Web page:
Perils at Park Street

1199730711While doing my weekend rounds downtown, I found myself suddenly seized with dread. I was mounting the stairs at Park Street Station (in the headhouse closest to the Common), and it felt for a moment like I was walking on piano keys. I took a few steps back and looked at the stairs.

Many were rotten, rusted, sagging, seemingly on the verge of collapsing like a Minneapolis bridge, and taking a couple dozen unsuspecting tourists and commuters down into whatever bottomless hole lies beneath them. The next day, two of the three lanes were roped off. I asked a guy walking up the stairs next to me whether he thought they seemed to be falling apart even faster than normal and he laughed, “I know, where’s the elevator, right?”

I was back Friday, and while the ropes were gone, things still looked grim. Random pieces of sheet metal were holding up some stairs, and another had just been crudely replaced with a piece of salvaged wood, painted red. A gaping hole had opened up between one of the handrails and a step.

I called the T to see whether we should expect the stairway to complete its decline (no doubt in a spectacular asbestos and rust shower extracting significant carnage), and they reassured me they’re on the case, though the work is in the early stages. The bidding for the repair job will be completed in 4-6 weeks.

“The stair stingers are in reasonable condition, some treads need to be repaired,” says spokesman Joe Pesaturo, in an email. “Treads were shored up from below as a precautionary measure last month. Recently, some sections were temporarily closed to pedestrians until immediate repairs could be made. Starting on Sunday night, and continuing for 4 to 5 nights until complete, a contractor will remove deteriorated tread materials from 21 treads that have been identified as requiring repair, and will construct new treads secured to the shoring… At this time, the stairs are in full use and we are not aware of anyone tripping or falling as a direct result of the condition of the stairs.”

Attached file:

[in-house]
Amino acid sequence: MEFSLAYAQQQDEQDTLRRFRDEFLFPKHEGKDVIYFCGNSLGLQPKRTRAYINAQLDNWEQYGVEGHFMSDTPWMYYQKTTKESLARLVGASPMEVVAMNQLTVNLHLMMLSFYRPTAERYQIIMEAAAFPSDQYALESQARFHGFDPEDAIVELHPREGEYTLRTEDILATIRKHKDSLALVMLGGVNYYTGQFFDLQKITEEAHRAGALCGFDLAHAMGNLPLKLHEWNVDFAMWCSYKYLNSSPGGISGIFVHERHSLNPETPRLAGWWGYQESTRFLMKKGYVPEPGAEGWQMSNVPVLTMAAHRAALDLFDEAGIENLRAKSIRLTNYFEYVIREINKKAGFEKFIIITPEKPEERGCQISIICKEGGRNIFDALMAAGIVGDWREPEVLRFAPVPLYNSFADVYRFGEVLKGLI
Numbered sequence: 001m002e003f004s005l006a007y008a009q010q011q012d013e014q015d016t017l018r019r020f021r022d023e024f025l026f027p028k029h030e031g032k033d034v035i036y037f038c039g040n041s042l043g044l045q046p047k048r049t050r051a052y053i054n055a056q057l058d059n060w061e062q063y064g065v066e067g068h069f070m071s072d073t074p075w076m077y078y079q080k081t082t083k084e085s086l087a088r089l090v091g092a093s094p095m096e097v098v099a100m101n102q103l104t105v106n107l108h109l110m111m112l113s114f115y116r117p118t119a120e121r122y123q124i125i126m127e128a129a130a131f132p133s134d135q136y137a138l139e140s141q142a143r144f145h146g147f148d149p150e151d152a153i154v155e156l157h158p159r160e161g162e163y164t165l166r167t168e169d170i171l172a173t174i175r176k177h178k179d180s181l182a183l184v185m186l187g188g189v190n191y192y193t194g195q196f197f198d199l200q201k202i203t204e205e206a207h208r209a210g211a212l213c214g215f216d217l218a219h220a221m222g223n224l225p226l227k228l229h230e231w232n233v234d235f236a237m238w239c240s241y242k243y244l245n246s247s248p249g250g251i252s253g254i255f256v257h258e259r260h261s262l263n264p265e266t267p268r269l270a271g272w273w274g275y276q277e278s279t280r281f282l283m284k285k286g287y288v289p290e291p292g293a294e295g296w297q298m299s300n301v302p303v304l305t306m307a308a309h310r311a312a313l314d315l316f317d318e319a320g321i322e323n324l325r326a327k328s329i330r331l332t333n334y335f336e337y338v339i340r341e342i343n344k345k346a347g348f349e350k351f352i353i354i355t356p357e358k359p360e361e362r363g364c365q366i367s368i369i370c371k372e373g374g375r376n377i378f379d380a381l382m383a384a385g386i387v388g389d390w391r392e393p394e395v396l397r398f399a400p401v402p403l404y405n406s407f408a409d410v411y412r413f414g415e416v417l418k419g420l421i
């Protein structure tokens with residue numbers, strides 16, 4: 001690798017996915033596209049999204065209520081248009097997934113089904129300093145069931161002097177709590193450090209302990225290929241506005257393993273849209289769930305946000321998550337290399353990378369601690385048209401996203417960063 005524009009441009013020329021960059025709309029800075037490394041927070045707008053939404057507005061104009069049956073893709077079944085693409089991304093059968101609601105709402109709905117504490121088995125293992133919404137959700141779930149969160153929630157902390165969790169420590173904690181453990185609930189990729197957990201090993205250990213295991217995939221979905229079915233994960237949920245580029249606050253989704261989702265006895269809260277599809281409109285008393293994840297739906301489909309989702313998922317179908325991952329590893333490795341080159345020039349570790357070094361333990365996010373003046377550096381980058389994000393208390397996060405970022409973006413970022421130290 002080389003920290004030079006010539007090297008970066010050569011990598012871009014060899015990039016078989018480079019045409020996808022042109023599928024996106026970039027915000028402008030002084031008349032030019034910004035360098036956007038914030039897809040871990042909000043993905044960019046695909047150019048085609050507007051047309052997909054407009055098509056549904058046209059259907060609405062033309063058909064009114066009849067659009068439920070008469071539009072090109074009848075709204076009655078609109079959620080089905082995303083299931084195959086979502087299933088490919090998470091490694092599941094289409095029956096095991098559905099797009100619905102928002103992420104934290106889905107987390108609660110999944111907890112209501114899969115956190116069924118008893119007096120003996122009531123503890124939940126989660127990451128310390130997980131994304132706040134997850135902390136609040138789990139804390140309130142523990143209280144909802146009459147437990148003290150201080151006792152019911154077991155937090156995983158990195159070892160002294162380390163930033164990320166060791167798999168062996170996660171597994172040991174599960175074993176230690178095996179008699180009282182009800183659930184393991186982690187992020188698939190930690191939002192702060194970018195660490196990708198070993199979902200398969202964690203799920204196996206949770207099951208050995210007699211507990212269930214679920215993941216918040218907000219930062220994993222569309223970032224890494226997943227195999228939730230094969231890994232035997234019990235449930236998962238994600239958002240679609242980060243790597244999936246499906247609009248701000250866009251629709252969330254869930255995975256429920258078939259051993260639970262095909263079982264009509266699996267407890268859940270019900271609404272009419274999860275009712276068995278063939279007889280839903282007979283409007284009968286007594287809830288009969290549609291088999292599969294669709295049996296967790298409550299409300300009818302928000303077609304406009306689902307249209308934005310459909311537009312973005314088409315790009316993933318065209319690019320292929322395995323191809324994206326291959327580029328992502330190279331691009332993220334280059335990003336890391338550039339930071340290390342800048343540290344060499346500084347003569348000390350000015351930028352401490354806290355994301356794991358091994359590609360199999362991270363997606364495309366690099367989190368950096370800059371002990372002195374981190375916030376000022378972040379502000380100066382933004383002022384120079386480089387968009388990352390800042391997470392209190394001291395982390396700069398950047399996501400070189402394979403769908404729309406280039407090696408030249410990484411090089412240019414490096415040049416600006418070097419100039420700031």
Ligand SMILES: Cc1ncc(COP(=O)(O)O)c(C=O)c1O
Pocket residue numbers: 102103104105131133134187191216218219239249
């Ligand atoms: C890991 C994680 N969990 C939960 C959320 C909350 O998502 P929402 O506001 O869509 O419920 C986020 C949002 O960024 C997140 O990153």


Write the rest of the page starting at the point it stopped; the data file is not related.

Not yet! Still, the escalators and elevator may see a bit more action in the months ahead, until this gets squared away.

“It is anticipated,” he says, “that it will take 6 to 8 weeks from demolition of the stairs to completion of installation. The replacement work will begin after the project is advertised, bids are received, and a contract is awarded.”